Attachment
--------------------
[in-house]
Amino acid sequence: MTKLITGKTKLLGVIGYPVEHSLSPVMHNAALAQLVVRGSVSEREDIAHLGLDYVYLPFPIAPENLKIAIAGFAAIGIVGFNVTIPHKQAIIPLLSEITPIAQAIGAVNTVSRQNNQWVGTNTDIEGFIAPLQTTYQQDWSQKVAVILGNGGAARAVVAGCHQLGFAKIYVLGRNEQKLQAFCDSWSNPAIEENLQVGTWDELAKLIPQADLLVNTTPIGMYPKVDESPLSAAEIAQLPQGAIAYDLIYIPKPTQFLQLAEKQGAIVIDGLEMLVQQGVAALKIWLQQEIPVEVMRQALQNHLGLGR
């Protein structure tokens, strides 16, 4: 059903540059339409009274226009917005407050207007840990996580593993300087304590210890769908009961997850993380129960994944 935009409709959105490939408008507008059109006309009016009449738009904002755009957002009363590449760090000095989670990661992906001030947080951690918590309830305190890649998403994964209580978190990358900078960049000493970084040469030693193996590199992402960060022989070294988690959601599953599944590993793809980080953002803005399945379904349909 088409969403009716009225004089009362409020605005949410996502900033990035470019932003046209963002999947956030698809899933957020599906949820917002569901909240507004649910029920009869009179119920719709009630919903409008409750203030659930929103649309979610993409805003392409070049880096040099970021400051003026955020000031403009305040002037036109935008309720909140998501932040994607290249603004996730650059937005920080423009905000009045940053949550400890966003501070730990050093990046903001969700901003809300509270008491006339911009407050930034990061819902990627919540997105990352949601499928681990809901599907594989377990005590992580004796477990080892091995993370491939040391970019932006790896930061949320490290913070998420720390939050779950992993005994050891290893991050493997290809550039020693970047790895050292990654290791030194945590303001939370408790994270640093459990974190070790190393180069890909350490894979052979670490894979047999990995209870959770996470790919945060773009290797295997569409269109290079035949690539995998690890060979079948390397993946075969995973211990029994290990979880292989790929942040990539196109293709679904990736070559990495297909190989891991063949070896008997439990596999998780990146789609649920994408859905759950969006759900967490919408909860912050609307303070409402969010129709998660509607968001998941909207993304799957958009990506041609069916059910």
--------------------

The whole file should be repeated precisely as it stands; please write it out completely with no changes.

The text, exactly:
[in-house]
Amino acid sequence: MTKLITGKTKLLGVIGYPVEHSLSPVMHNAALAQLVVRGSVSEREDIAHLGLDYVYLPFPIAPENLKIAIAGFAAIGIVGFNVTIPHKQAIIPLLSEITPIAQAIGAVNTVSRQNNQWVGTNTDIEGFIAPLQTTYQQDWSQKVAVILGNGGAARAVVAGCHQLGFAKIYVLGRNEQKLQAFCDSWSNPAIEENLQVGTWDELAKLIPQADLLVNTTPIGMYPKVDESPLSAAEIAQLPQGAIAYDLIYIPKPTQFLQLAEKQGAIVIDGLEMLVQQGVAALKIWLQQEIPVEVMRQALQNHLGLGR
């Protein structure tokens, strides 16, 4: 059903540059339409009274226009917005407050207007840990996580593993300087304590210890769908009961997850993380129960994944 935009409709959105490939408008507008059109006309009016009449738009904002755009957002009363590449760090000095989670990661992906001030947080951690918590309830305190890649998403994964209580978190990358900078960049000493970084040469030693193996590199992402960060022989070294988690959601599953599944590993793809980080953002803005399945379904349909 088409969403009716009225004089009362409020605005949410996502900033990035470019932003046209963002999947956030698809899933957020599906949820917002569901909240507004649910029920009869009179119920719709009630919903409008409750203030659930929103649309979610993409805003392409070049880096040099970021400051003026955020000031403009305040002037036109935008309720909140998501932040994607290249603004996730650059937005920080423009905000009045940053949550400890966003501070730990050093990046903001969700901003809300509270008491006339911009407050930034990061819902990627919540997105990352949601499928681990809901599907594989377990005590992580004796477990080892091995993370491939040391970019932006790896930061949320490290913070998420720390939050779950992993005994050891290893991050493997290809550039020693970047790895050292990654290791030194945590303001939370408790994270640093459990974190070790190393180069890909350490894979052979670490894979047999990995209870959770996470790919945060773009290797295997569409269109290079035949690539995998690890060979079948390397993946075969995973211990029994290990979880292989790929942040990539196109293709679904990736070559990495297909190989891991063949070896008997439990596999998780990146789609649920994408859905759950969006759900967490919408909860912050609307303070409402969010129709998660509607968001998941909207993304799957958009990506041609069916059910």